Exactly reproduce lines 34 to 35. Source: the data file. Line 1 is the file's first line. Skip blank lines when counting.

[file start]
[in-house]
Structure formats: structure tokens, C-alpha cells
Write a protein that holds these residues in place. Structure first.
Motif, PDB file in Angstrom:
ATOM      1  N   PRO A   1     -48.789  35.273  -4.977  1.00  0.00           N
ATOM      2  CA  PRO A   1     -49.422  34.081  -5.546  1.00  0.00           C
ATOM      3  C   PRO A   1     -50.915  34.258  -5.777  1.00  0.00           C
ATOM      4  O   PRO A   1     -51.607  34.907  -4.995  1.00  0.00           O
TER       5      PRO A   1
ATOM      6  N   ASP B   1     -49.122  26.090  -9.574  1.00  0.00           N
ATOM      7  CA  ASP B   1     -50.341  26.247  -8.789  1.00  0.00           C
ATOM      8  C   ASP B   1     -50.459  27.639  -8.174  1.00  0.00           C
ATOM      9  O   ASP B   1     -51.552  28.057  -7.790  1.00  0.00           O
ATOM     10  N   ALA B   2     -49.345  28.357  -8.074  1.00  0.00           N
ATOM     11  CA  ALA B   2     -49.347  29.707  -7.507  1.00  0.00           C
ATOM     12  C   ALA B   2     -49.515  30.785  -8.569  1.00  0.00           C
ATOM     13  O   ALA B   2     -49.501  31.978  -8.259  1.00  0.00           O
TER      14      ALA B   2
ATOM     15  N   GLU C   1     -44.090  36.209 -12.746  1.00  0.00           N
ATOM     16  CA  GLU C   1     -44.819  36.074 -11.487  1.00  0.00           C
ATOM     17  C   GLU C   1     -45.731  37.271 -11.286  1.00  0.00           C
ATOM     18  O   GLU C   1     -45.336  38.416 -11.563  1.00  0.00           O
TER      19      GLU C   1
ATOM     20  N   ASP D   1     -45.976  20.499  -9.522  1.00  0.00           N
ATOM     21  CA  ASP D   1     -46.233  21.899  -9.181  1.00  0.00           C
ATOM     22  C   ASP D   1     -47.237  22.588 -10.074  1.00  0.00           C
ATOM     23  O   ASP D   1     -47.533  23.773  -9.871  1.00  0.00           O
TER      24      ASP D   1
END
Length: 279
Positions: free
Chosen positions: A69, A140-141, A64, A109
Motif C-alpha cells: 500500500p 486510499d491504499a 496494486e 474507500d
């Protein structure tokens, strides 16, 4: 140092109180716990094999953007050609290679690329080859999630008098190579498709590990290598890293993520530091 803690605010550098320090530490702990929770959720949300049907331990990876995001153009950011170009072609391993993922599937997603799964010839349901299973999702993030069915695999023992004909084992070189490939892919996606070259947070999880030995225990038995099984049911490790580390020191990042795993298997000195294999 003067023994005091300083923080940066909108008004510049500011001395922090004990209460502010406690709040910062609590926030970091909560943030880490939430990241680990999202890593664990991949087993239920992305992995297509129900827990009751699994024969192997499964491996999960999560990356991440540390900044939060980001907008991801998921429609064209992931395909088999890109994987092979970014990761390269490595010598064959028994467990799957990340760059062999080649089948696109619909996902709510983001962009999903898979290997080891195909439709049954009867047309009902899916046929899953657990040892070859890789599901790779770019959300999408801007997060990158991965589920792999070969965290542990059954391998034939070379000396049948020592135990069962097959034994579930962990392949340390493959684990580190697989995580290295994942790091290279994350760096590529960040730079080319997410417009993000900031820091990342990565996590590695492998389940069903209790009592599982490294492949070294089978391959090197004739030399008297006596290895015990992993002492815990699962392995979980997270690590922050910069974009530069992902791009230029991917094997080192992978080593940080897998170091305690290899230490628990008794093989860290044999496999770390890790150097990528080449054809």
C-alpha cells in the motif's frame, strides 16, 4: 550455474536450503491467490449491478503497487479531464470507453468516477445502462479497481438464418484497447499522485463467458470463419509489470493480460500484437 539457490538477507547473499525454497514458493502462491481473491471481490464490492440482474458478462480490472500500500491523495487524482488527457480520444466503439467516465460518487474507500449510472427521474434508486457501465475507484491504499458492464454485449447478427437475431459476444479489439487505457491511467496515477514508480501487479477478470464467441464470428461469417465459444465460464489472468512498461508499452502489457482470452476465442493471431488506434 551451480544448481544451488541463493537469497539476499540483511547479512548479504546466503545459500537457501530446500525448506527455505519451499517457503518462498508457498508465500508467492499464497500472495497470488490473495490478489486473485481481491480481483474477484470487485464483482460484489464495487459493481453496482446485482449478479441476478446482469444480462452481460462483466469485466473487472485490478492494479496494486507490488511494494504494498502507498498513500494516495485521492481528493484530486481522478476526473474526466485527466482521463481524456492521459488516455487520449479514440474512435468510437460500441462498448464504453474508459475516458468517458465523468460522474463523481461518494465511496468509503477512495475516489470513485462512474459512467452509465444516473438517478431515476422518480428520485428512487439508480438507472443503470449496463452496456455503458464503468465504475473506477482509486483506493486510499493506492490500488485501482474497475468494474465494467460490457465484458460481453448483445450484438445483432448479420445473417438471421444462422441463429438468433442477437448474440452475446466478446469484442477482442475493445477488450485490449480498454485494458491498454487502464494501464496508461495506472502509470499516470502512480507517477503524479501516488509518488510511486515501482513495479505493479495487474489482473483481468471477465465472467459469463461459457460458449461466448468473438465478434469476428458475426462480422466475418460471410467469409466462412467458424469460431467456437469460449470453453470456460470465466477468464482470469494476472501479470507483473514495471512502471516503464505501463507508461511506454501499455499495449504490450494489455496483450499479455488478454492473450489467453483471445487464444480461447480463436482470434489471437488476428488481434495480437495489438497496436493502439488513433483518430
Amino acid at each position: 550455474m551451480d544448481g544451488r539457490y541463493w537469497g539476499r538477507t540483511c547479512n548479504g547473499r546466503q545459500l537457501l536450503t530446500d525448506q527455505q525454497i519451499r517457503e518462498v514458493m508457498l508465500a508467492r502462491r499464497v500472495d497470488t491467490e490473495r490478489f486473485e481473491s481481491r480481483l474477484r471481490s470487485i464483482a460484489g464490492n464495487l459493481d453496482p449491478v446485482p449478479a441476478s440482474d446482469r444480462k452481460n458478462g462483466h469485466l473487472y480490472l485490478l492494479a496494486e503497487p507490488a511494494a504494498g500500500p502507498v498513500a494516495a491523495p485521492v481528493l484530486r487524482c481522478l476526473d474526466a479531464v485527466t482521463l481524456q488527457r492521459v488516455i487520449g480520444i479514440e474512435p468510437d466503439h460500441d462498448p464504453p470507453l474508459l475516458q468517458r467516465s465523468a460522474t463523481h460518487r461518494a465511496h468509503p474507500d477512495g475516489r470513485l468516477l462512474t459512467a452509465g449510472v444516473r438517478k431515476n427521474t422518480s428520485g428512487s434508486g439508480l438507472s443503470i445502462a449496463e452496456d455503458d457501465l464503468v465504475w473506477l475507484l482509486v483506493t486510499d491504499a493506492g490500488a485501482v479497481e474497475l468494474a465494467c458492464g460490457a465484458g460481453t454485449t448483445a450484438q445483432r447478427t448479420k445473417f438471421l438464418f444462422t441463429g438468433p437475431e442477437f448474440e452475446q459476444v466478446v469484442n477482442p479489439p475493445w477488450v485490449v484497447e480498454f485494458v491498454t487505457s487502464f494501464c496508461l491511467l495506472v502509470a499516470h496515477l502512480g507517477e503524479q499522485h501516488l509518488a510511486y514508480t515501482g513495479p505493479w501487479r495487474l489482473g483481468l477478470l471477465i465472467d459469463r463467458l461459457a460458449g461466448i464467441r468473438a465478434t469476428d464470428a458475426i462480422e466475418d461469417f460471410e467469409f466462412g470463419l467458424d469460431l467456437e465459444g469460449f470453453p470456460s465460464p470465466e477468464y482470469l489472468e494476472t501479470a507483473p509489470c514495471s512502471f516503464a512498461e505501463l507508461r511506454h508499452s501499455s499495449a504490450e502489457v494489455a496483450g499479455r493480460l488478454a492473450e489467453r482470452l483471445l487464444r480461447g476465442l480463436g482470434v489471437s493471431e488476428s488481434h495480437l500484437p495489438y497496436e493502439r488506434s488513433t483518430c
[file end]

């Protein structure tokens, strides 16, 4: 140092109180716990094999953007050609290679690329080859999630008098190579498709590990290598890293993520530091 803690605010550098320090530490702990929770959720949300049907331990990876995001153009950011170009072609391993993922599937997603799964010839349901299973999702993030069915695999023992004909084992070189490939892919996606070259947070999880030995225990038995099984049911490790580390020191990042795993298997000195294999 003067023994005091300083923080940066909108008004510049500011001395922090004990209460502010406690709040910062609590926030970091909560943030880490939430990241680990999202890593664990991949087993239920992305992995297509129900827990009751699994024969192997499964491996999960999560990356991440540390900044939060980001907008991801998921429609064209992931395909088999890109994987092979970014990761390269490595010598064959028994467990799957990340760059062999080649089948696109619909996902709510983001962009999903898979290997080891195909439709049954009867047309009902899916046929899953657990040892070859890789599901790779770019959300999408801007997060990158991965589920792999070969965290542990059954391998034939070379000396049948020592135990069962097959034994579930962990392949340390493959684990580190697989995580290295994942790091290279994350760096590529960040730079080319997410417009993000900031820091990342990565996590590695492998389940069903209790009592599982490294492949070294089978391959090197004739030399008297006596290895015990992993002492815990699962392995979980997270690590922050910069974009530069992902791009230029991917094997080192992978080593940080897998170091305690290899230490628990008794093989860290044999496999770390890790150097990528080449054809």
C-alpha cells in the motif's frame, strides 16, 4: 550455474536450503491467490449491478503497487479531464470507453468516477445502462479497481438464418484497447499522485463467458470463419509489470493480460500484437 539457490538477507547473499525454497514458493502462491481473491471481490464490492440482474458478462480490472500500500491523495487524482488527457480520444466503439467516465460518487474507500449510472427521474434508486457501465475507484491504499458492464454485449447478427437475431459476444479489439487505457491511467496515477514508480501487479477478470464467441464470428461469417465459444465460464489472468512498461508499452502489457482470452476465442493471431488506434 551451480544448481544451488541463493537469497539476499540483511547479512548479504546466503545459500537457501530446500525448506527455505519451499517457503518462498508457498508465500508467492499464497500472495497470488490473495490478489486473485481481491480481483474477484470487485464483482460484489464495487459493481453496482446485482449478479441476478446482469444480462452481460462483466469485466473487472485490478492494479496494486507490488511494494504494498502507498498513500494516495485521492481528493484530486481522478476526473474526466485527466482521463481524456492521459488516455487520449479514440474512435468510437460500441462498448464504453474508459475516458468517458465523468460522474463523481461518494465511496468509503477512495475516489470513485462512474459512467452509465444516473438517478431515476422518480428520485428512487439508480438507472443503470449496463452496456455503458464503468465504475473506477482509486483506493486510499493506492490500488485501482474497475468494474465494467460490457465484458460481453448483445450484438445483432448479420445473417438471421444462422441463429438468433442477437448474440452475446466478446469484442477482442475493445477488450485490449480498454485494458491498454487502464494501464496508461495506472502509470499516470502512480507517477503524479501516488509518488510511486515501482513495479505493479495487474489482473483481468471477465465472467459469463461459457460458449461466448468473438465478434469476428458475426462480422466475418460471410467469409466462412467458424469460431467456437469460449470453453470456460470465466477468464482470469494476472501479470507483473514495471512502471516503464505501463507508461511506454501499455499495449504490450494489455496483450499479455488478454492473450489467453483471445487464444480461447480463436482470434489471437488476428488481434495480437495489438497496436493502439488513433483518430